The Demographics of Scottish Poverty: Paisley's Applicants for Relief, 1861 and 1871
- POOR RELIEF AND THE DANGEROUS AND CRIMINAL INSANE IN SCOTLAND, C. 1740-1840. Houston, R. A. // Journal of Social History;Winter2006, Vol. 40 Issue 2, p453
The historiography of Scottish poor relief from the late sixteenth to the early nineteenth century conventionally portrays it as an undeveloped version of the English system. It assumes that the lack of structured care based on rating (that was the foundation of the English model) equates to...
- The Napoleonic Wars, Military Scotland and Tory Highlandism in the Early Nineteenth Century. Cookson, J. E. // Scottish Historical Review;Apr99, Vol. 78, 1 Issue 205, p60
Explores the connections between the war against Revolutionary and Napoleonic France and the development of the cult of tartanry in early nineteenth-century Scotland. Linked of Tory anti-radicalism to national defense; Significance of the development of Scottish armed power; Transformation of...
- Welcome to Scottish Memories. Hill, Matthew // Scottish Memories;Aug2015, p3
An introduction is presented in which the editor discusses various reports within the issue on topics including sounds and sights of the 1960s, the post-war austerity in 1950s, and the look back on Radio Scotland.
- THE HIGH POSSIL METEORITE. Ross, Helen // History Scotland Magazine;Sep/Oct2013, Vol. 13 Issue 5, p46
The article discusses the landing of a meteorite in the High Possil area of northern Glasgow, Scotland, on April 5, 1804. The article discusses historical research concerning meteorites, particularly that of German naturalist Ernst Chlandi and his cosmic theory. The article examines the High...
- Excavating a Highland Inn. Adamson, Donald; Bailie, Warren // History Scotland Magazine;Jan/Feb2014, Vol. 15 Issue 1, p11
A case study is presented which examines the 19th century cattle route from the Highlands, Scotland through excavating the Tigh Caol site in the Highlands, with a particular focus on the excavation of an inn. An overview of the roads used for cattle drives, including in regard to cattle stances,...
- Burns and the British Empire: Viewing a Scottish Monument from an Imperial Perspective. McKee, Kirsten Carter // Architectural Heritage;2013, Vol. 24 Issue 1, p21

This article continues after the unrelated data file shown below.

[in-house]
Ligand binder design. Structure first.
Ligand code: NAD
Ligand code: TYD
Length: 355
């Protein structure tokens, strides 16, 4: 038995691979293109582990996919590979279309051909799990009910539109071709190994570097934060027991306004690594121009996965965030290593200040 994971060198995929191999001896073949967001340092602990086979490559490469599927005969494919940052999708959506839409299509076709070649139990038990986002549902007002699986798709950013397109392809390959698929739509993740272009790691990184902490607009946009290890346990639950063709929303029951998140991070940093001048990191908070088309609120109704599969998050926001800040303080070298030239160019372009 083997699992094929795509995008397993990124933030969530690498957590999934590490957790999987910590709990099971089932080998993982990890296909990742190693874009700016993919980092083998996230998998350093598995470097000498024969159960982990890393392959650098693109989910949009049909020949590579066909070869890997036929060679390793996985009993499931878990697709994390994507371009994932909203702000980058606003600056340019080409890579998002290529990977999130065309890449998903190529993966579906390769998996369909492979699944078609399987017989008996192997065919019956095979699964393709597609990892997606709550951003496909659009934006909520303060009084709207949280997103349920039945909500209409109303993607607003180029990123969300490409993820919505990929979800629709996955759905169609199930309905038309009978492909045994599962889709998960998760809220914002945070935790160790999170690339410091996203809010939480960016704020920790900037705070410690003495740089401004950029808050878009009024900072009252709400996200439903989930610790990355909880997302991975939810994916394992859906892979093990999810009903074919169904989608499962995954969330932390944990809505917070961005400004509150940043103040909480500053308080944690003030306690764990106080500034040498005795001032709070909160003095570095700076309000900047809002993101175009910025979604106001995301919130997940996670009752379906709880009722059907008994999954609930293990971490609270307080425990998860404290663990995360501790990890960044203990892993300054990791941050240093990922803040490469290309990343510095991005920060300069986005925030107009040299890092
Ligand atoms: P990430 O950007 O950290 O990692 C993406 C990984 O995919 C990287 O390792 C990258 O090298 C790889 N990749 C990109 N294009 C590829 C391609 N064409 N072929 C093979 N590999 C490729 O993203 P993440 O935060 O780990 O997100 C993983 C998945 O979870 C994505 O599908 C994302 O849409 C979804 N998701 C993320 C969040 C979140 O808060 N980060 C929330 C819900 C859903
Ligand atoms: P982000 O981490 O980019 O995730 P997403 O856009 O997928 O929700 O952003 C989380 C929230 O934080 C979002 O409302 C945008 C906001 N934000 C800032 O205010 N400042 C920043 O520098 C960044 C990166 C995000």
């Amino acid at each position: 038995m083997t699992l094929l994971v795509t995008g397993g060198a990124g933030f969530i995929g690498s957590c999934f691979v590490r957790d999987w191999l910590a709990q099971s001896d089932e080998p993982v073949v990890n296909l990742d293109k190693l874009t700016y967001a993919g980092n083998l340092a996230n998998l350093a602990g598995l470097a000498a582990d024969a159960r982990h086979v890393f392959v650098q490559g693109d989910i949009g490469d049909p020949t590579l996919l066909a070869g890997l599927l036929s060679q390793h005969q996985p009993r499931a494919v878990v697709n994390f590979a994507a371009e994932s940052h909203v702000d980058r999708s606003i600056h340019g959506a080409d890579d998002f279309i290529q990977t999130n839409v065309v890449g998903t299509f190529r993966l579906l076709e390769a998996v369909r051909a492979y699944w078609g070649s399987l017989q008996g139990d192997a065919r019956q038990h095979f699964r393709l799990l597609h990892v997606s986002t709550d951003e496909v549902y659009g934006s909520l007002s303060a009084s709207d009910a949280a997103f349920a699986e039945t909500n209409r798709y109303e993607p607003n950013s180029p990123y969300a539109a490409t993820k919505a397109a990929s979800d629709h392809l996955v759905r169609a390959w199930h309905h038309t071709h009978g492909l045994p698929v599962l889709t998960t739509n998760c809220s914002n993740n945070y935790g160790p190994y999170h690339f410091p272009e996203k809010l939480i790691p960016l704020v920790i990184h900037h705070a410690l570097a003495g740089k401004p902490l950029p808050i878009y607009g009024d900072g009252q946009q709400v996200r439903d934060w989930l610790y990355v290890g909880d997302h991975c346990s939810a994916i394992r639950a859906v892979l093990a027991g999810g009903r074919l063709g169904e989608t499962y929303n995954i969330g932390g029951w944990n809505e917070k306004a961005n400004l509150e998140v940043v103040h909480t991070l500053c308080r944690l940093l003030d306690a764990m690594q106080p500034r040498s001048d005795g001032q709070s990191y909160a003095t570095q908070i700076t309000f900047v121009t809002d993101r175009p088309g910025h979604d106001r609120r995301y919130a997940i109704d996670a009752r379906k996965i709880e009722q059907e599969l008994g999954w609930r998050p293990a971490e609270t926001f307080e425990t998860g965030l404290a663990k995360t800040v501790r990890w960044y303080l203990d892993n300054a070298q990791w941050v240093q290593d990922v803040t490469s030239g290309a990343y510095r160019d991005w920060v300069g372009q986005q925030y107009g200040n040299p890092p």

On 8 October 1817, the Edinburgh Town Council received a letter from John Forbes Mitchell of Thainston, a merchant of the East India Company. This letter, entitled 'Proceedings respecting a situation for [a] Monument to the memory of Robert Burns',2 described a subscription of funds that had...
- 'It is truly, in the expressive language of Burke, a nation crying for bread': the public response to the highland famine of 1836-1837. MacAskill, John // Innes Review;Autumn2010, Vol. 61 Issue 2, p169
Famines and food scarcities in the Highlands and Islands, apart from those of the 1690s and 1847, have been under-examined in Scottish historiography. This article considers an aspect of the serious famine of 1836-7: the public response to the famine as reflected by the committees set up to...
- The Northeast of Scotland's Coastal Trading Links Towards the End of the Nineteenth Century. Moore, Kathryn L. // Scottish Economic & Social History;2001, Vol. 21 Issue 2, p95
Discusses the coastal trading history of northeast Scotland towards the end of the 19th century. Three major trading ports of Scotland; Most important import at Aberdeen; Port activities at Peterhead; Fishing industry and trade at Gardenstown harbor.
- 'Having and Holding' THE HIGHLAND LAND WAR OF THE 1880s. Bradley, Ian // History Today;Dec87, Vol. 37 Issue 12, p23
Examines he driving forces behind the Highland land war and the crofters' attacks on the deer forests of Scotland during the 1880s. Cause of the land war; Role of U.S. land reformer Henry George; Details on the phases of the Highland land war; Effect of the disturbances.